Here are the answers to last week’s Q&A.
1. Deirdre G.: When you first got started in business, what type of photography did you do, is there a certain area that a newbie should focus on initially?
When I first started, I took mostly pictures of nature, inanimate objects, and my dog because none of them could judge me. I could take my time to change my camera settings and if the pictures didn’t turn out well, no one would know except me.
I pushed myself to do test shoots to practice working with people because that’s what I wanted to do in the long run. I wasn’t sure exactly what kind of photography I wanted to do so I tried different things. In the beginning my online portfolio had travel, fashion, food, events, family, and weddings.
If you are starting out, I would say shoot what interests you. As time goes on, naturally, the type of photography you do will narrow down. You’ll learn what you like/don’t like and also what you’re good at/not good at. Working with people has always been of interest to me, and eventually I found weddings and photojournalism to be my niche.
2. Sophia M.: I’m wondering, how is it that the quality of photos look so much better on my Macbook? I edit on there, but when I go to my daughter’s computer, the photos look nothing like how I edited it on my Mac. How do I know that other people are able to see the same quality?
Chances are, everyone is seeing something different according to what kind of computer they have and how their screen is calibrated. There is no way to regulate this unless you invite everyone over to your place!
Most computer default settings make things on the screen look cooler. I calibrate my monitor with Spyder to see the true color of images so that when they are printed, there won’t be any surprises. Because of this, it is likely that my pictures show up more blue on other people’s computers.
As a photographer, I think what is most important is that the colors are accurate for printing.
3. Loveexa K.: Which DSLR is best for beginners???
I learned on the Canon Rebel and loved it.
4. Jamie G.: If you could be the still photographer on any movie from the past which one would it be and why?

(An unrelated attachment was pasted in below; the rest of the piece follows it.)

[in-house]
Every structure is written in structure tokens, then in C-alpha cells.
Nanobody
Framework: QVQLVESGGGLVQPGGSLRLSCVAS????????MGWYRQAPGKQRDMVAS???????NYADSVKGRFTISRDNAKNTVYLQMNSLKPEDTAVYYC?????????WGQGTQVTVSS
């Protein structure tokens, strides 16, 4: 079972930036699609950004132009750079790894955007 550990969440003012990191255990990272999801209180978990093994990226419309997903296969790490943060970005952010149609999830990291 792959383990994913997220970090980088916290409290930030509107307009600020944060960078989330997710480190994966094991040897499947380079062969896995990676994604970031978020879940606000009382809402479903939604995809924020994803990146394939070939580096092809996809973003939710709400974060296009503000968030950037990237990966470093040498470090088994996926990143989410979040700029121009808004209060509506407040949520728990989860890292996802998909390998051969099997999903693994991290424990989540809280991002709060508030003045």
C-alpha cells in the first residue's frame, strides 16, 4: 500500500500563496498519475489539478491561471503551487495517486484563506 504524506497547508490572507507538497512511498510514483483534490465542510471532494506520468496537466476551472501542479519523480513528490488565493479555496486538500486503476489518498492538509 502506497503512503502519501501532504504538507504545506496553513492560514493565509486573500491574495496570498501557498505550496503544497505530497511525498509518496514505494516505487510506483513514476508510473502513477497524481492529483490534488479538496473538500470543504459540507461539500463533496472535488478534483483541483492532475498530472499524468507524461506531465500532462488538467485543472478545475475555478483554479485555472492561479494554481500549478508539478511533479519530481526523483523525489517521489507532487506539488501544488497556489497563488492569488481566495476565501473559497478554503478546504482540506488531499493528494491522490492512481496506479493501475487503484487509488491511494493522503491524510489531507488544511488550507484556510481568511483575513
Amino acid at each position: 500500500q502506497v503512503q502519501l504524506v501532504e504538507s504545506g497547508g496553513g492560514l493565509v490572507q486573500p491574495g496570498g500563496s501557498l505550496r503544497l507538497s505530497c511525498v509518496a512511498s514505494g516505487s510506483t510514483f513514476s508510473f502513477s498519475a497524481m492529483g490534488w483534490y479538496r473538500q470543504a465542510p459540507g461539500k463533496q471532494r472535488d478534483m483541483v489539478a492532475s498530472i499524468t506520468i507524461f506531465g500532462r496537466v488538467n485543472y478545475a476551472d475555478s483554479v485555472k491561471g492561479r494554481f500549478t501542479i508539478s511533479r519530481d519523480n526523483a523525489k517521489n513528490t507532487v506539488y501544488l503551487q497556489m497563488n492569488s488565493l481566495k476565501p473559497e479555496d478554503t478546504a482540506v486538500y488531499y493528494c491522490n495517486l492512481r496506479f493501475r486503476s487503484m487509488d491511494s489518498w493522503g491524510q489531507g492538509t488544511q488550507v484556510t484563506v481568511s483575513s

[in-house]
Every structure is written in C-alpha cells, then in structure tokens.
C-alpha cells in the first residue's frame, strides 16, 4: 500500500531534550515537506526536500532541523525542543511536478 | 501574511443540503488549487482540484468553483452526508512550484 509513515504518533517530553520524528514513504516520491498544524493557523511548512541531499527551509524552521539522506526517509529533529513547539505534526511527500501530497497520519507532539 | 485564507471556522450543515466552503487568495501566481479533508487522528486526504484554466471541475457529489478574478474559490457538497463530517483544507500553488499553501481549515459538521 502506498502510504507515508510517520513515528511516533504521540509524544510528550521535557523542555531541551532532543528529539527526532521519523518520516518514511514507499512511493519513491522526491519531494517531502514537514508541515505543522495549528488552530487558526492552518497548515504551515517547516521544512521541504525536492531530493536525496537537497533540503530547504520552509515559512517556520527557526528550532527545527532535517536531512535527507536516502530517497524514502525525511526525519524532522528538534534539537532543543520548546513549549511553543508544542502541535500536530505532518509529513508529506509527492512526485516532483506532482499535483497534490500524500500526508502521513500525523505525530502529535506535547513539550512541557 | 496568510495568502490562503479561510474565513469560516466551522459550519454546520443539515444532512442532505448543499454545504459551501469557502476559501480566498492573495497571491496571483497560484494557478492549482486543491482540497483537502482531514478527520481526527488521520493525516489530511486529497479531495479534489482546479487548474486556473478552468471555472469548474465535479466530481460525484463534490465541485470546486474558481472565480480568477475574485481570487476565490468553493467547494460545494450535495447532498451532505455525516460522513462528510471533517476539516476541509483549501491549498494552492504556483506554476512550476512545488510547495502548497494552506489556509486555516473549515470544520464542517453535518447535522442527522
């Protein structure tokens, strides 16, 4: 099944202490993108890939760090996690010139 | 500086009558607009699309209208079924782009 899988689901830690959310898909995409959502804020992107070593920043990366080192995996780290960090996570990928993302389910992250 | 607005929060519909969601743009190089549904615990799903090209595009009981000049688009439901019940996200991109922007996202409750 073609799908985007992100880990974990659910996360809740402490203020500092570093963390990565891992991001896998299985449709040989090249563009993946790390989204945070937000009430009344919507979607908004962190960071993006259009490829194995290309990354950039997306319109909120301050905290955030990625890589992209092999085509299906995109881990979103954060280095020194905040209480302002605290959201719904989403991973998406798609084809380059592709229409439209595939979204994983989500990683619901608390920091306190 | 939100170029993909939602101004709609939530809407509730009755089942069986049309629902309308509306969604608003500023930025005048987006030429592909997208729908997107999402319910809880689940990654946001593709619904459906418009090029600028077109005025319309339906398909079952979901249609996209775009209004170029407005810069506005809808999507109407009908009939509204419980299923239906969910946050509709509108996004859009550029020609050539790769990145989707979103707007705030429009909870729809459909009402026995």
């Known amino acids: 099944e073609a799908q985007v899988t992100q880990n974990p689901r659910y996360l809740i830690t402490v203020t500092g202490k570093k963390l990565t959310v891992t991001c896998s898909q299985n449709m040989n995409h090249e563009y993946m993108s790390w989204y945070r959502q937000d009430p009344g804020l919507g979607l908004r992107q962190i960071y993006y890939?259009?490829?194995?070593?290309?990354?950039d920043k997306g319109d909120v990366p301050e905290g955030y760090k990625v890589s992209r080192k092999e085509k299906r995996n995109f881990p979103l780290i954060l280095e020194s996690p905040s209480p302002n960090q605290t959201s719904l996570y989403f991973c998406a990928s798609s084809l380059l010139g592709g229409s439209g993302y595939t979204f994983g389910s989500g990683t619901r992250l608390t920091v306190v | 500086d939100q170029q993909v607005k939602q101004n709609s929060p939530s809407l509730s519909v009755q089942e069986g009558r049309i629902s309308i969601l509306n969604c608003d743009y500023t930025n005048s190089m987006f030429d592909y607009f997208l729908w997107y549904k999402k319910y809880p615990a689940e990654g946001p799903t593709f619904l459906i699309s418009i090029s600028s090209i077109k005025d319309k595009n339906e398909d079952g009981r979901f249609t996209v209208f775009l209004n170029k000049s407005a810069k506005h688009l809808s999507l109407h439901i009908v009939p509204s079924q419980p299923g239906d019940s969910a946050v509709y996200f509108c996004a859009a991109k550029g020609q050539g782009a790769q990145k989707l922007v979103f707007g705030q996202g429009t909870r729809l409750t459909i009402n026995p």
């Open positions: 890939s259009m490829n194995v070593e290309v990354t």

Titanic. What a production! Early 1900’s, young Leo, young Kate, people falling off a boat…
5. Deirdre G.: How did you establish packages, rates, etc.? Did you use any particular resources? Did you begin with a portfolio building rate or just regular rates from the beginning?
In the very beginning I did a lot of test/free shoots to build my portfolio. At first I made up my own price but after a while I did some research to see what other photographers in my area were charging. That was really helpful but at the same time, I priced myself based on where I thought I stood compared to other photographers. I lacked confidence in the beginning so I undercharged for a long time.
6. Alana T.: How do you keep photography from feeling like a “job”? I LOVE it so much and would love to take only the jobs that I know I’ll get a kick out of, but, 1) I don’t have the luxury of being choosy right now, so, 2) I worry sometimes that I’ll be shooting/editing so much that it will become rote and not as fun anymore…
It’s inevitable – sometimes it just feels like work. Like anything else, things can’t be rainbows and butterflies all the time, and that’s ok! Balance out the stuff that feels like “work” with things that don’t. For example, if you are hired to do gigs that don’t necessarily inspire you, set up test shoots that do. Get a model and create something cool.
I constantly set up test shoots and photograph new things to keep inspired. I play with my film and Polaroid cameras. My friend just told me he is planning to drive up to Big Sur and if my schedule allows it, I’m going to join him because I want to take pictures!!!
7. Glenn P.: What or who inspired you to become a photographer?
I’ve always been sentimental and I like to tell stories. Growing up I was shy and I’ve never been able to articulate well what I see in words, so naturally I became drawn to photography.
8. Kimberly A.: What program is the best for beginner photographers to use for editing? Using Photoshop right now and it’s just ok…
LightRoom! When someone told me about this plug-in to Photoshop (thank you Rocco!) I was blown away. Now I think, “What on earth did I do before I had this???.”
9. Christine L.: How did you find your style of photography? Another more technical question, what level of contrast and brightness do you set your screen at when playing with photos?
I looked at photographers’ work that I admired and played around with different things. Style develops over time. I think it’s great to draw ideas from other photographers, but I also think it’s important to make it your own.
I set my brightness right in the middle of the scale when editing. Contrast is the default setting but most importantly, I calibrate my screen using Spyder.
10. Ashley B.: What’s the most difficult part about your job? And then what’s the best part?
The most difficult part is the editing. It can get monotonous after a while. The best part is getting to travel the world and work with awesome people!
Editing with Carla in Cancun in between shooting (and hitting the buffets).
11. Nina L.: How do you have time for everything? You cover in your blog, clients post, personal post, travel post, everything!
My sister saw me on my laptop during our last vacation and said, “Sis, you work really hard.” I said, “I do? It doesn’t feel like it.” I guess this is what happens when you truly enjoy what you do! My personal and work lives are more integrated than I ever thought possible. Blogging and social media do take a lot of time but they are second nature to me. I like sharing what’s on my mind with other people.
My advice is to do what you love. That is when you are truly living.